Before its nuclear weapons test in 1998, India was considered a nuclear capable country but was not recognised as one. This meant that there was no formal recognition that India was capable of producing both nuclear power and nuclear weapons.
The reason for this was mainly because India had not acceded to the Nuclear Non-Proliferation Treaty which aims to prevent spread of nuclear weapons and weapons technology and promote nuclear disarmament, which India considered discriminatory since it could do so only as a non-nuclear power. That would mean that the five permanent members of the UN Security Council — the U.S., the U.K., China, France and Russia — coincidentally all nuclear powers, would in effect continue to deny India the recognition as a nuclear power as well, even though it was widely acknowledged as a nuclear capable country after the 1974 “peaceful nuclear explosion” at Pokhran.
What is India’s stand?
India wanted to break out into the open and be recognised as a nuclear power like the other nuclear countries and be part of the global nuclear order, not as a nuclear hold out. For that to happen, India needed to be recognised as a nuclear power and be made part of the global non-proliferation architecture. There are four groupings of countries that multilaterally work to prevent and address proliferation of nuclear weapons, the technology that enables making of nuclear weapons and the systems that are capable of delivering those weapons. The Wassenaar Arrangement is one such. The Missile Control Technology Regime (MTCR) is another; India became a member of this grouping last year. The Australia Group and the Nuclear Suppliers Group are the other two; India is not a member of either yet.
What is the Wassenaar Arrangement?
The Wassenaar Arrangement is a grouping of 42 countries, of which India is the latest entrant (on December 8) that seek to bring about security and stability, by fostering transparent practices in the process of sale and transfer of arms and materials and technologies that can be used to make nuclear weapons with a view to prevent any undesirable build-up of such capabilities. By doing so the grouping hopes to stymie destabilising developments. A further aim is also to prevent these proscribed items and technologies from falling into the hands of terrorists as well. Significantly, one of the purposes of the arrangement is to “enhance co-operation to prevent the acquisition of armaments and sensitive dual-use items for military end-uses, if the situation in a region or the behaviour of a state is, or becomes, a cause for serious concern to the Participating States.”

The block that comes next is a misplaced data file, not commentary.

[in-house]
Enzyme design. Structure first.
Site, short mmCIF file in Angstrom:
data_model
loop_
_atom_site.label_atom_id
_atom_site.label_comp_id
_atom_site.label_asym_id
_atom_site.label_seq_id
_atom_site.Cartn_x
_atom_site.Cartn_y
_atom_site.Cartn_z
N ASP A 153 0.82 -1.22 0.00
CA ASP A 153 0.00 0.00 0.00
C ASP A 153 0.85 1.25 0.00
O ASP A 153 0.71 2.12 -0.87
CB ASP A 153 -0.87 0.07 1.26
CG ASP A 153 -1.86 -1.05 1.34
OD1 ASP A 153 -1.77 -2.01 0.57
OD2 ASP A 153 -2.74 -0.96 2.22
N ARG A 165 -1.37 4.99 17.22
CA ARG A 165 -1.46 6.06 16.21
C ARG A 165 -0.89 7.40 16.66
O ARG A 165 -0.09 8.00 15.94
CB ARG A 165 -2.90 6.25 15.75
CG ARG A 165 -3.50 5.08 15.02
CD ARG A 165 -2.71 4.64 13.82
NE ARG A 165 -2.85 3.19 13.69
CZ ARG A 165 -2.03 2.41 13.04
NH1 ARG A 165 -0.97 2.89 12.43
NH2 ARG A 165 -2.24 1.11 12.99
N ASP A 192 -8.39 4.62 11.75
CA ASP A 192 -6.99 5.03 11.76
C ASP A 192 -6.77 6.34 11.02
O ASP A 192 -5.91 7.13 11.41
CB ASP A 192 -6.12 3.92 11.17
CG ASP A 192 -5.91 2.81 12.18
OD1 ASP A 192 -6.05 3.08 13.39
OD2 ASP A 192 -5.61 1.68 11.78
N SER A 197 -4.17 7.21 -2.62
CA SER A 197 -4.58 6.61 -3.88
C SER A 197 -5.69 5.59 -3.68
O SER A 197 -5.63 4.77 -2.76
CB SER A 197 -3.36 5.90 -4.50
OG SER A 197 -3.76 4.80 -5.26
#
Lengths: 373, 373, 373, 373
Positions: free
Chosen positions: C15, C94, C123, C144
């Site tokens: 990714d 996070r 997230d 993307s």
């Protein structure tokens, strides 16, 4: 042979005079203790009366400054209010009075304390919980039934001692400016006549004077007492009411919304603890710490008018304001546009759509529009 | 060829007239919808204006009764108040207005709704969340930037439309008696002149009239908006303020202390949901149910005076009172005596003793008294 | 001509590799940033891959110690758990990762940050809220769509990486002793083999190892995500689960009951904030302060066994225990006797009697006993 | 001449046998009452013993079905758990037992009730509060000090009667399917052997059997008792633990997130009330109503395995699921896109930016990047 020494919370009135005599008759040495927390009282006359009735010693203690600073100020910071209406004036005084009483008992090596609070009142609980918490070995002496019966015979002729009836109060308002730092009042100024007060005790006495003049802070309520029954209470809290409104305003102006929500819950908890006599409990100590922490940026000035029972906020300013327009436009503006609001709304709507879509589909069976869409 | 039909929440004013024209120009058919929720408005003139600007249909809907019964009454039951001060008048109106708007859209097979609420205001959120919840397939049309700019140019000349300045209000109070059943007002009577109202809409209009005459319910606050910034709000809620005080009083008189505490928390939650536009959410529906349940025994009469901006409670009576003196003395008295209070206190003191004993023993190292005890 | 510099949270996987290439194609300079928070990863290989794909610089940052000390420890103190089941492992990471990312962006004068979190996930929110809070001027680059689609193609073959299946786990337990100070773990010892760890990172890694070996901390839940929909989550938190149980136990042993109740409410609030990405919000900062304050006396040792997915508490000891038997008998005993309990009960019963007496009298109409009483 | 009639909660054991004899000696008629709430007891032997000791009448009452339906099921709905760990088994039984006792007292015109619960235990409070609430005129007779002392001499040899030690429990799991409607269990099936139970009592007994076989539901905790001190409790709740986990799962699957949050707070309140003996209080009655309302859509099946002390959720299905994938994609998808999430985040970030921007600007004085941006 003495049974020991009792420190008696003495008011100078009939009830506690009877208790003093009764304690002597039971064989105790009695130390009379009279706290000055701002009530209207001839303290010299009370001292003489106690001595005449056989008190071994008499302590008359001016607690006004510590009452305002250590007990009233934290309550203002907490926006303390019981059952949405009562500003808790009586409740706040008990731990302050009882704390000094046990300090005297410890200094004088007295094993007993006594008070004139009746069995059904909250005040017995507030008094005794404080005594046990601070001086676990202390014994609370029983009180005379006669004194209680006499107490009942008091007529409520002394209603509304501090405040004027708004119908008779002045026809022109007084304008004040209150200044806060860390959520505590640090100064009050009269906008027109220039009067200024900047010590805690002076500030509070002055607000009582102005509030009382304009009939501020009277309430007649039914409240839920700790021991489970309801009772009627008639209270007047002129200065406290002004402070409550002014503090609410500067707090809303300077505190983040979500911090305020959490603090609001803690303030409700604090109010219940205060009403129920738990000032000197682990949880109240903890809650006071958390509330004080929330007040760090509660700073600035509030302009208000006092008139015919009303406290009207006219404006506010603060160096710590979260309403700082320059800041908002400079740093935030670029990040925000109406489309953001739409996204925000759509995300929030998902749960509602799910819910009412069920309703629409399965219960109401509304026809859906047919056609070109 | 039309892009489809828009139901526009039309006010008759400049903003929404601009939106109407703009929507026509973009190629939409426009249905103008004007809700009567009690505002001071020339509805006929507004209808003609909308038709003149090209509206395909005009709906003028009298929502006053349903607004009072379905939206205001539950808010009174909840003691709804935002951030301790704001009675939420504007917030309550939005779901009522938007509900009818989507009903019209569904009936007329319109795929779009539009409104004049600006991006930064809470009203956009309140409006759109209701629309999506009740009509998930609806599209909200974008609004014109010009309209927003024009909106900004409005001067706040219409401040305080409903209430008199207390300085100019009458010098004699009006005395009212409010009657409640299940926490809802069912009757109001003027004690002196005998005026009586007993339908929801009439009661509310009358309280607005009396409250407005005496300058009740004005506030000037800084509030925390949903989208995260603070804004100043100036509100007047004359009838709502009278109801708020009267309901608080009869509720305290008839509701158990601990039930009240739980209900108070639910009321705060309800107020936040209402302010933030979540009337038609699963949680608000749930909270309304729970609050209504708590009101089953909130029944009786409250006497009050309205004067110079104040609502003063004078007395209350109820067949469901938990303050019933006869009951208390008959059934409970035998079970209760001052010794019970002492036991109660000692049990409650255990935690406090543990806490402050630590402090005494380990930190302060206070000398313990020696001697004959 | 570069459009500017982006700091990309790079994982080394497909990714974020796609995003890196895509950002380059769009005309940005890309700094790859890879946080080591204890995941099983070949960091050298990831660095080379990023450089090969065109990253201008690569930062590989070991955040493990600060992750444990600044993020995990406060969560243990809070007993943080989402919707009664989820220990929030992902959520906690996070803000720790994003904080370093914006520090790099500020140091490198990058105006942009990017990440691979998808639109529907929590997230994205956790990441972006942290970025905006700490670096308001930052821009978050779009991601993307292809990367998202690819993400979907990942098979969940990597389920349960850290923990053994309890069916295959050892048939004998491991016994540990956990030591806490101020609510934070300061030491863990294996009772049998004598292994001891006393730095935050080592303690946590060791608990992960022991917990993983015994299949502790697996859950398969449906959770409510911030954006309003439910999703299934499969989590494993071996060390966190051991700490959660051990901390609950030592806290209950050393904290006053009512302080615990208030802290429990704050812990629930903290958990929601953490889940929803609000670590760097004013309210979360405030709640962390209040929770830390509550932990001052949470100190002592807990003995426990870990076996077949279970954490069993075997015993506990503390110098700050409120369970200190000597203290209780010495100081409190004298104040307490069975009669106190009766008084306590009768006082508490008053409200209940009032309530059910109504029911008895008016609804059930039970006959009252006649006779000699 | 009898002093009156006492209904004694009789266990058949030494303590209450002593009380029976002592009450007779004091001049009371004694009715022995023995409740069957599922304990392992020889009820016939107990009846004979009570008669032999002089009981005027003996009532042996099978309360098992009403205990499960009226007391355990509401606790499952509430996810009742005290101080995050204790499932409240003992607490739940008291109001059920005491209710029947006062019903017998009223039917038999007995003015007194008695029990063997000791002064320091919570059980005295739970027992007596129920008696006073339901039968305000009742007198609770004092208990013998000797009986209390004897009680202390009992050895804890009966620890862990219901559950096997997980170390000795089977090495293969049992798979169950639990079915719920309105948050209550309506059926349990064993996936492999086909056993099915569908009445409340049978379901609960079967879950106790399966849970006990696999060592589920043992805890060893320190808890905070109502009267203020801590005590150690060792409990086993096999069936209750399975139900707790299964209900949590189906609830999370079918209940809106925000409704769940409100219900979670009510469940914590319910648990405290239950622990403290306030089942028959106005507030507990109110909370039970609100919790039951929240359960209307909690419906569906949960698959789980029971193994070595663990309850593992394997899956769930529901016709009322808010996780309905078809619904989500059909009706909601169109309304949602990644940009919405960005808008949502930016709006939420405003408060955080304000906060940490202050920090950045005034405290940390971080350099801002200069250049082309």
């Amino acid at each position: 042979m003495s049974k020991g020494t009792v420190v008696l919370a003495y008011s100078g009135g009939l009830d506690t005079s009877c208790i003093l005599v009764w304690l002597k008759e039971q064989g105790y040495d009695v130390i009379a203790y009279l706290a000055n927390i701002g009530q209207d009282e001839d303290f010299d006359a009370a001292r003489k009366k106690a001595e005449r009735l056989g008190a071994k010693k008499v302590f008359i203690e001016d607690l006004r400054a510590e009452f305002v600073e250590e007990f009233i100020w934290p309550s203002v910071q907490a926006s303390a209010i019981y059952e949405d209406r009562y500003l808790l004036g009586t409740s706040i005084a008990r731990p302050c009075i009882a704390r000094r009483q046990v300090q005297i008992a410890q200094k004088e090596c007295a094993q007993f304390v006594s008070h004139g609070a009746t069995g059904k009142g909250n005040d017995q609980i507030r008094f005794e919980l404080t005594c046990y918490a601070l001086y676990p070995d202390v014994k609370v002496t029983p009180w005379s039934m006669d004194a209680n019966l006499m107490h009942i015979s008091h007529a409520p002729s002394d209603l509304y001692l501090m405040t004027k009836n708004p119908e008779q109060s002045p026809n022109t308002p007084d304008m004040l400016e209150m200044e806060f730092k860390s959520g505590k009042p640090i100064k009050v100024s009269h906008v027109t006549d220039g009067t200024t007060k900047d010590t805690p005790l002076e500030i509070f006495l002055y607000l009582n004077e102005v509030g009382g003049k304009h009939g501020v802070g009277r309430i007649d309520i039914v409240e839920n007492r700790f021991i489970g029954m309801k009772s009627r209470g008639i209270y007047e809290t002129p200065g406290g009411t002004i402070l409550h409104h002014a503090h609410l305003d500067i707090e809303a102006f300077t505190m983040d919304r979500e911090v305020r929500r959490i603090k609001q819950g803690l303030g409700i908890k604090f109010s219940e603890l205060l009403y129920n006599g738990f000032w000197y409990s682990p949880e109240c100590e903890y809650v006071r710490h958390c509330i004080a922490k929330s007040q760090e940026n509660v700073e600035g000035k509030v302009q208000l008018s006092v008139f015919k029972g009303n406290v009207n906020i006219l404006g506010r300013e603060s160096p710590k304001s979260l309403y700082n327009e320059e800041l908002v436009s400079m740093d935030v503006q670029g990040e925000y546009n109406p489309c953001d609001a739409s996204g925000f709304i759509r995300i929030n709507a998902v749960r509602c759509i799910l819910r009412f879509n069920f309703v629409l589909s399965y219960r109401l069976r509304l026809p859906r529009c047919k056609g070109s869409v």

How do Wassenaar countries do this?
They periodically exchange detailed and specific information on transfer or denial of items or technology, both conventional and nuclear capable, to countries outside the grouping. This is done through maintenance and updating of detailed lists, of dual use and munitions that are considered militarily significant.
There are various classifications of the sub-sections of the lists. The dual use list has for example, the sensitive list and the very sensitive list. The disclosure of such sale or transfer is voluntary.
What are the advantages?
India will be able to more easily access dual use technologies and materials and military equipment that are proscribed for non-participating members. India will also be able to sell its nuclear reactors and other materials and equipment indigenously produced without attracting adverse reactions. It will also be in a better position to collaborate with other countries in developing such capabilities.
Will it help to join other groups?
There are more or less the same countries in all these groupings, with one crucial exception. China, which has been opposed to India’s entry into the NSG, is not part of both the MTCR as well as the Australia Group. So it should be easier to get into the Australia Group.